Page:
Unilever Debuts Probiotic Ice Cream To Compete With Fastest Selling Food Brand Of 2017

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NEW YORK, United States — Following the astronomical success of the low-calorie, low-sugar, high-protein ice cream brand Halo Top, Unilever US is introducing a new player into the frozen dessert market with a probiotic ice cream called Culture Republick.

The move represents efforts by Unilever to claw back the 1.5 share points lost to Halo Top, the fastest-selling food brand of 2017, boasting sales of $342.2 million, according to a report by Food Business News.

It also signifies a clear strategy by the consumer goods giant to appeal to the health-conscious consumer.

The launch of Culture Republick also highlights Unilever’s Sustainable Living Plan (USLP), which underpins the company’s strategy and commitment to “help more than a billion people take action to improve their health and well-being by 2020”.

“Globally, the company’s sustainable living brands are growing 50% faster than the rest of the business and delivered more than 60% of the company’s growth in 2016,” according to the company.

On the surface, the decision to include probiotics appears to be a shrewd one. According to a Global Markets Insights report released in 2016, the probiotics category is expected to grow to $64 billion by 2023.

At the same time, the GWI reports that the Healthy Eating, Nutrition and Weight Loss sector grew by an annual 4.1% between 2015 and 2017 to over $700 billion, half a percentage point faster than global economic growth.

It also mirrors a more health-conscious strategy from Nestlé, the Swiss company known for the iconic KitKat bar, who this year sold off its US candy business, bought Canadian dietary supplement maker Atrium and launched an ambitious health program that uses DNA testing and artificial intelligence to create personalised diet plans.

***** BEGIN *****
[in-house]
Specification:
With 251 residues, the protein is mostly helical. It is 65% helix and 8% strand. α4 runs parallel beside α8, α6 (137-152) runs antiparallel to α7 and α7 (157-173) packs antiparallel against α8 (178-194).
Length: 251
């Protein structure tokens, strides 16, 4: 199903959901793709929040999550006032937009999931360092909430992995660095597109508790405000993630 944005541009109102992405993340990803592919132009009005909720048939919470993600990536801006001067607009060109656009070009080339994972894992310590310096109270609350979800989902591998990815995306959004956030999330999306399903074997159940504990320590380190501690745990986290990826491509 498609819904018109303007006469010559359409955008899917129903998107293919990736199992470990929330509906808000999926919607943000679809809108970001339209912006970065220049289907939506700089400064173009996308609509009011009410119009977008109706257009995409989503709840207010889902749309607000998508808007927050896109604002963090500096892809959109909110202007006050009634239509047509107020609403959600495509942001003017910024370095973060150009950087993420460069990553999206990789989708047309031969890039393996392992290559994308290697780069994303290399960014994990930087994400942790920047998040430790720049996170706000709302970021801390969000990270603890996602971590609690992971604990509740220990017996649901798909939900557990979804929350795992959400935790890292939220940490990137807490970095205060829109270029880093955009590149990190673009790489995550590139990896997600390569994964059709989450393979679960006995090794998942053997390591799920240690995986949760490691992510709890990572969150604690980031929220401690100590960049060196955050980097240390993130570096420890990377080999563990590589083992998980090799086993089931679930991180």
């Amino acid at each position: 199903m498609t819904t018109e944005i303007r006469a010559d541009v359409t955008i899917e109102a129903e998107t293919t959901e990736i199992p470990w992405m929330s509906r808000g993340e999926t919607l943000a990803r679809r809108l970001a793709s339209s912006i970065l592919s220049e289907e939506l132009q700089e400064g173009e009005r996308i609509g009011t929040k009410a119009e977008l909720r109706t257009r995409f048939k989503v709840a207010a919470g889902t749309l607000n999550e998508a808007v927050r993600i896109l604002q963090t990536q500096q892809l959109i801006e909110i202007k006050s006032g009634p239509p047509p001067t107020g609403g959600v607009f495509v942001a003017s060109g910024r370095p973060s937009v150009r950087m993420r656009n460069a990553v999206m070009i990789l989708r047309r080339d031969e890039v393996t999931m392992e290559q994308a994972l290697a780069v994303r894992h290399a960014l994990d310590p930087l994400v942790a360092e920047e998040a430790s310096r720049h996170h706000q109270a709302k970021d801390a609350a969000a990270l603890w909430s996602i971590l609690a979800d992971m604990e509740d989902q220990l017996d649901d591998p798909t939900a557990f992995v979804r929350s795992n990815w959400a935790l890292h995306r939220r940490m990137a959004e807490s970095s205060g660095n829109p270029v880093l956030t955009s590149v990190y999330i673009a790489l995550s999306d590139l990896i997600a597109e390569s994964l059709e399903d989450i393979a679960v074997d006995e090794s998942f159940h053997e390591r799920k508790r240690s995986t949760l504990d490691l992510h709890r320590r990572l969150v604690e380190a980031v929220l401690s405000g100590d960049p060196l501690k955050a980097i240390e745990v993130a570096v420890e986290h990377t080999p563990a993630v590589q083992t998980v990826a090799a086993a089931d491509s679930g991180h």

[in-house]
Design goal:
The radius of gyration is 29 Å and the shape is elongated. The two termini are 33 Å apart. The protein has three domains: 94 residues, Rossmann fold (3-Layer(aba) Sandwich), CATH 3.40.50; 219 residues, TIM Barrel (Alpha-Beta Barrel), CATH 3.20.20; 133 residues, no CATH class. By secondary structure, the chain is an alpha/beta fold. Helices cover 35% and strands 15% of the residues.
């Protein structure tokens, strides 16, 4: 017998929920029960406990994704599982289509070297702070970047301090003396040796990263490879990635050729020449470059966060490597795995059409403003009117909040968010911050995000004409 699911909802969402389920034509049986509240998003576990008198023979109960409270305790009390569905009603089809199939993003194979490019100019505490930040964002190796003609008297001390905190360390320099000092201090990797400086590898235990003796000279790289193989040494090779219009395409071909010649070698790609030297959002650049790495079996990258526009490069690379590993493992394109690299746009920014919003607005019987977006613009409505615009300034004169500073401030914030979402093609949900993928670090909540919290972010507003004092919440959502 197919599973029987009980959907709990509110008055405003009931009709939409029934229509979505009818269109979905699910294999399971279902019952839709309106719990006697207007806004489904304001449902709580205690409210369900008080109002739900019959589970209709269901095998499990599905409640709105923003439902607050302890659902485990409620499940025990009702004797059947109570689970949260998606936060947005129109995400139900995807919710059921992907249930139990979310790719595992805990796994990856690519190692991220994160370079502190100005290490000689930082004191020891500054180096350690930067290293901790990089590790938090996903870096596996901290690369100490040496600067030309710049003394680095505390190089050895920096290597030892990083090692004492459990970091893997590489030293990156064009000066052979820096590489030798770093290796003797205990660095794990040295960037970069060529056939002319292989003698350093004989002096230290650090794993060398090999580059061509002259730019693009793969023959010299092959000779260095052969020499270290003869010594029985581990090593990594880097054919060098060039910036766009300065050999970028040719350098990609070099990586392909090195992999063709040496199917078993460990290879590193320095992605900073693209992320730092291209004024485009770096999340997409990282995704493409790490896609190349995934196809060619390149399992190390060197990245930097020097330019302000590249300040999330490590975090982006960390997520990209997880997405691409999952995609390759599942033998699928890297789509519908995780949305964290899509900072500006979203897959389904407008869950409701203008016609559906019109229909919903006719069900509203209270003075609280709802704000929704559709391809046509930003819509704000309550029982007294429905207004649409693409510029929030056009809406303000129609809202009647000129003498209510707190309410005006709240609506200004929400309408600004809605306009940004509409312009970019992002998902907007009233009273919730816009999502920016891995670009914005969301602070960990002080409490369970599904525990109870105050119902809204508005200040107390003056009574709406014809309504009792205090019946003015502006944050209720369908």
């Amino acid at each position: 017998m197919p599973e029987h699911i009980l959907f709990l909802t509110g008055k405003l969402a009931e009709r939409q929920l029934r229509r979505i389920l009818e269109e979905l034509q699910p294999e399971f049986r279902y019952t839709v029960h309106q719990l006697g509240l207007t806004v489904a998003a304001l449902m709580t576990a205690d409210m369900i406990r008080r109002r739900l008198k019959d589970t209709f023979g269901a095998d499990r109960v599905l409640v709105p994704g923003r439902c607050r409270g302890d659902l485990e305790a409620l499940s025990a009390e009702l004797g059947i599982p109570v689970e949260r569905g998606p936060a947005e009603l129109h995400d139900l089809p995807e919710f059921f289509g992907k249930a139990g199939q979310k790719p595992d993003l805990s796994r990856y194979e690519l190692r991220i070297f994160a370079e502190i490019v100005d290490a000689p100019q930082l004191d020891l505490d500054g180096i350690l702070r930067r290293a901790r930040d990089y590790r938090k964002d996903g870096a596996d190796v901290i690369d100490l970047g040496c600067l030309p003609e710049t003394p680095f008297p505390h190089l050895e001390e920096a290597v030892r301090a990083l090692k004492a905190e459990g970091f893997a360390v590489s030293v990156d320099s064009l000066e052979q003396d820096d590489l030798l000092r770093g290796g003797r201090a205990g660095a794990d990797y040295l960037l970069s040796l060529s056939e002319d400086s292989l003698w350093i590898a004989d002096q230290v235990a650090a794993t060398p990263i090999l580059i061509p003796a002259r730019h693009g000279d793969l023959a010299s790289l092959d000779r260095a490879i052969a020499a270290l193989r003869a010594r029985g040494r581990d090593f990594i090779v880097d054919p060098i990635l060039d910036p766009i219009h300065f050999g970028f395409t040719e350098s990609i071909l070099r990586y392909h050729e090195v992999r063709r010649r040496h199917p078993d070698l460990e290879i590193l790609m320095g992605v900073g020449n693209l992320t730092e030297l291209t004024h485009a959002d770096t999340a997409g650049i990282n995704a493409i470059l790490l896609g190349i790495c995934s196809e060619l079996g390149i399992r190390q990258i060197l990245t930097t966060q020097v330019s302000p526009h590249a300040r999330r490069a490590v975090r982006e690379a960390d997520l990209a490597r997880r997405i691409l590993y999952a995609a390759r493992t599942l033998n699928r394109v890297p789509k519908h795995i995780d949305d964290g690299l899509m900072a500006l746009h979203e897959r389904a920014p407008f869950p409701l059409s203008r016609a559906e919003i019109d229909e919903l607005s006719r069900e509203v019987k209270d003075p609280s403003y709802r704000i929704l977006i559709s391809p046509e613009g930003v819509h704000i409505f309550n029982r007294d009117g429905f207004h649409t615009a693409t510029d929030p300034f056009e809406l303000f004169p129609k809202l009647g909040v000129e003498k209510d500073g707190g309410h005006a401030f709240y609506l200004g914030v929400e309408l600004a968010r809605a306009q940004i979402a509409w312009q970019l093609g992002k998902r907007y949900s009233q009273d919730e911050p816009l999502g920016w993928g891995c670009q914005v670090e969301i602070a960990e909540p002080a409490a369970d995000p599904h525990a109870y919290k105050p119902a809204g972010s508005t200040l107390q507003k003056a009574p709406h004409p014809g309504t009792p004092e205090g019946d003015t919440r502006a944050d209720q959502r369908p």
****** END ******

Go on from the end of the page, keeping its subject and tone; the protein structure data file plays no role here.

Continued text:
Read more: Nestlé Embraces Wellness Market With AI & DNA Testing

However, Unilever could risk facing a backlash concerning the physiological and psychological implications of “healthifying” one of the world’s favourite treats, which are yet to be fully understood.

A recent investigation by UK magazine Elle into the booming “healthy” ice cream market found that although the ingredients – swapping out sugar for artificial sweeteners such as Stevia and fat for polydextrose – are for the most part safe, suggesting these products can be consumed “guilt-free” is not.

Professor Alan Mackie from the school of food science and nutrition at the University of Leeds believes the marketing of these products could, in fact, advocate binge eating.

“It’s a very poor message, to encourage people to eat the whole thing,” he said, in the article. “One of the major problems that drives obesity is portion size, which is up significantly in the past 20 years. If we’re selling the idea that you can eat as much as you want of this ice cream, we’re distorting what we think of as normal.

“It is inevitable that we will see more of these products on the market but I think we’d be better off having smaller quantities of good quality ice cream,” he added.

A pint-sized tub of Culture Republick contains three billion live active cultures, 400-500 calories, 16-18g of protein, 11-12g of fibre and no artificial sweeteners. By comparison, one tub of Halo Top vanilla bean flavour ice cream is 280 calories, with 5.8g of sugar per serving. A tub of Breyers vanilla – also owned by Unilever – is 290 calories. That’s approximately 50% fewer calories and 50% less sugar per 100g than similar ice cream products.

It remains to be seen if Halo Top’s remarkable 2017 success was an outlier or if the “healthy” ice cream market is indeed a guaranteed cash cow.

However, beyond having live probiotic cultures in the ice cream, the new brand also aims to support culture within the US — 10 percent of the brand’s profits will support the arts in local communities.

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